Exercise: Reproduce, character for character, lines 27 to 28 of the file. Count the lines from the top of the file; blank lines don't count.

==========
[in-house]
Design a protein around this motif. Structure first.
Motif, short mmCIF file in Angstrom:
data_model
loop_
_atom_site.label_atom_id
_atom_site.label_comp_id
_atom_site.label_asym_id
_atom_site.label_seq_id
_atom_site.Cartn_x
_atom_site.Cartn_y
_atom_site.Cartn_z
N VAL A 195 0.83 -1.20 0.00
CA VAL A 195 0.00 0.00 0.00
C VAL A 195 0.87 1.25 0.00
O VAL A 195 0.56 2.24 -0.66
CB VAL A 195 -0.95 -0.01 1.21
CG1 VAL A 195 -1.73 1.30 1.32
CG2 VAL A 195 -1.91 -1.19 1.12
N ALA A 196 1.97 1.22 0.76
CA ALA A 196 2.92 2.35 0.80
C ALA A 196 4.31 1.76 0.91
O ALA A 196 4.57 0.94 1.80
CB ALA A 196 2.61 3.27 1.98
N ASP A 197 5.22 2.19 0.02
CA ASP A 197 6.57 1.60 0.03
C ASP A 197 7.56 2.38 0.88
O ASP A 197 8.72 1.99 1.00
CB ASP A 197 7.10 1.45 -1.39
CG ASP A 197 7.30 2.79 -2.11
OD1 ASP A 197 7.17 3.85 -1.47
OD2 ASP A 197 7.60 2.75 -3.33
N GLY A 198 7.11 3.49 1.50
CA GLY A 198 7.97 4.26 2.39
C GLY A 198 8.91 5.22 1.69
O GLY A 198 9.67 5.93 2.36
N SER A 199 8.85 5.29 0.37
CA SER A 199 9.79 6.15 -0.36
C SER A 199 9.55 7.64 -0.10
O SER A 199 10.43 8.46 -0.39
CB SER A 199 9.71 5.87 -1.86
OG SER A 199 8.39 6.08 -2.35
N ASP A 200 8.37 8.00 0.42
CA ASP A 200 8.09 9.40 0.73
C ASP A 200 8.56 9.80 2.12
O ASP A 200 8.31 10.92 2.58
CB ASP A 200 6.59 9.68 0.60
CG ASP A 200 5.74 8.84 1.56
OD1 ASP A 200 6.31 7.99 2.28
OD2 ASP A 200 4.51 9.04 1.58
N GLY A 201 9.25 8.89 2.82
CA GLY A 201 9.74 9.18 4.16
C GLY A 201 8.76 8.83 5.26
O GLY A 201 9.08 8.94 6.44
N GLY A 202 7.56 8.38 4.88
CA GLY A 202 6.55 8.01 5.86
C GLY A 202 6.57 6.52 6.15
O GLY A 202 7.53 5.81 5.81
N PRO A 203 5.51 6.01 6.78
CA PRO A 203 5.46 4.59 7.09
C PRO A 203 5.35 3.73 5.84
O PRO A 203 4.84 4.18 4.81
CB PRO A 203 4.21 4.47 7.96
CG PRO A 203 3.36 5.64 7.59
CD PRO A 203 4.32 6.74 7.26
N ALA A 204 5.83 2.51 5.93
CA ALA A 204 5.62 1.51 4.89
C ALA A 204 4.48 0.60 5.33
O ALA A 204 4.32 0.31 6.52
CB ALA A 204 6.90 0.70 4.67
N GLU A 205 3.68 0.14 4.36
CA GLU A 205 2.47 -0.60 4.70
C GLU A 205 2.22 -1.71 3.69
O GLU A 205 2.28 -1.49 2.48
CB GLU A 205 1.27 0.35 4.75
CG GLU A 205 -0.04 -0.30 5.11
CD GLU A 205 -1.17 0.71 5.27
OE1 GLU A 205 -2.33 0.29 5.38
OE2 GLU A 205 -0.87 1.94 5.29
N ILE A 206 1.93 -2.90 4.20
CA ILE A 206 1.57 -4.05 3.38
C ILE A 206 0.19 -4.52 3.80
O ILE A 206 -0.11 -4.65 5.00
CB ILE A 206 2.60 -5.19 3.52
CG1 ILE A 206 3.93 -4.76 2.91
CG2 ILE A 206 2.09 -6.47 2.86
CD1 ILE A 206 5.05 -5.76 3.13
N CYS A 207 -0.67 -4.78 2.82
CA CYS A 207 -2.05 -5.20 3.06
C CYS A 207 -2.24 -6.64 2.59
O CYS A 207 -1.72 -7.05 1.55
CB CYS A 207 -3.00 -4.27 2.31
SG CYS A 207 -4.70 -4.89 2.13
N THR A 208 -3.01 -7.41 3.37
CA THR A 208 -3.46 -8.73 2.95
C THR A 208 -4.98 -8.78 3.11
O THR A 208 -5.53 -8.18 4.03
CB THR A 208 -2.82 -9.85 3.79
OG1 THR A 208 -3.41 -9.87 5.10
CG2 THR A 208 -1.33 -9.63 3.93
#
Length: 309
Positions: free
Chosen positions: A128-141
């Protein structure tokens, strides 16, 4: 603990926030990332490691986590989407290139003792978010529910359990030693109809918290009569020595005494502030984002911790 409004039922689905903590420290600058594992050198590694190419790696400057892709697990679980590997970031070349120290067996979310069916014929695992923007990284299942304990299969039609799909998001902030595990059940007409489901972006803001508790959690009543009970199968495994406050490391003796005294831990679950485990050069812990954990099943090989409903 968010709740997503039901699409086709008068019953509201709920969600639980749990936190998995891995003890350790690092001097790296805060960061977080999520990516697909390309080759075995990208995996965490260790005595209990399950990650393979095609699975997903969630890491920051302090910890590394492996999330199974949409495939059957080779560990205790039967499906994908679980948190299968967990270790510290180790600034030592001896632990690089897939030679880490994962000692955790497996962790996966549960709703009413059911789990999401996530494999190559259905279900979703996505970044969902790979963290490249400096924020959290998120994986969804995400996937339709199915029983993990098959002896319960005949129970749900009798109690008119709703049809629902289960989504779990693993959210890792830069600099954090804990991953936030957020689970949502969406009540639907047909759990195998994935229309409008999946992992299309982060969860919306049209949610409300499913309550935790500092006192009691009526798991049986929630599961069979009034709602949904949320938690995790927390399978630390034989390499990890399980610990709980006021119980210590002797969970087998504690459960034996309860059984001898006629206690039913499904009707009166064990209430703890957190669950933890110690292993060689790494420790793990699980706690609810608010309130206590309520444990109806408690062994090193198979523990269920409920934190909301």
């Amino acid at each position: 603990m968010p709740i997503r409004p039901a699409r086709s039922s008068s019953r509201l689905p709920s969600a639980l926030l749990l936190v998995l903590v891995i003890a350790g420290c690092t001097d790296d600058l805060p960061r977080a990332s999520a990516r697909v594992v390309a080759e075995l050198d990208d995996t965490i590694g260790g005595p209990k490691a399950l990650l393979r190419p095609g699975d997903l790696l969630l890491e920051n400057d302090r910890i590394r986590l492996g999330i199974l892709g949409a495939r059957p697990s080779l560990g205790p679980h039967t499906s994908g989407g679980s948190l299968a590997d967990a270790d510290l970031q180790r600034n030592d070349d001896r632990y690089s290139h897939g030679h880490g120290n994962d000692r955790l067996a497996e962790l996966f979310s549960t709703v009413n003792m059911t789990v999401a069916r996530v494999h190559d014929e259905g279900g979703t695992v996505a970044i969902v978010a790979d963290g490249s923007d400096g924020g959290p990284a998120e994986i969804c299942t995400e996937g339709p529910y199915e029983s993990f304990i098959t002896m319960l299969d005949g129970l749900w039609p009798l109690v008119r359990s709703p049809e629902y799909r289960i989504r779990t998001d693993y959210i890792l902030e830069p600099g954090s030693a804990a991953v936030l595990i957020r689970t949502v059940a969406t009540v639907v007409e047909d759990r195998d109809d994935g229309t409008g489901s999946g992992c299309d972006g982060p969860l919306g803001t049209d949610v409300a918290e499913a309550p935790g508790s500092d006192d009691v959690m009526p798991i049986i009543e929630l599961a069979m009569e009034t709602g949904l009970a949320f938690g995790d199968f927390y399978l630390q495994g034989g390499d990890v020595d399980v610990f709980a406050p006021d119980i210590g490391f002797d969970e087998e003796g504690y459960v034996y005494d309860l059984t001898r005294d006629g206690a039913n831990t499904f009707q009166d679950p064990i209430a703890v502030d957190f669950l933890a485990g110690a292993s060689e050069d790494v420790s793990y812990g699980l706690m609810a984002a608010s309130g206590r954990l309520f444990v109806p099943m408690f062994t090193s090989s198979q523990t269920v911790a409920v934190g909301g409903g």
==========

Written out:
C ASP A 197 7.56 2.38 0.88
O ASP A 197 8.72 1.99 1.00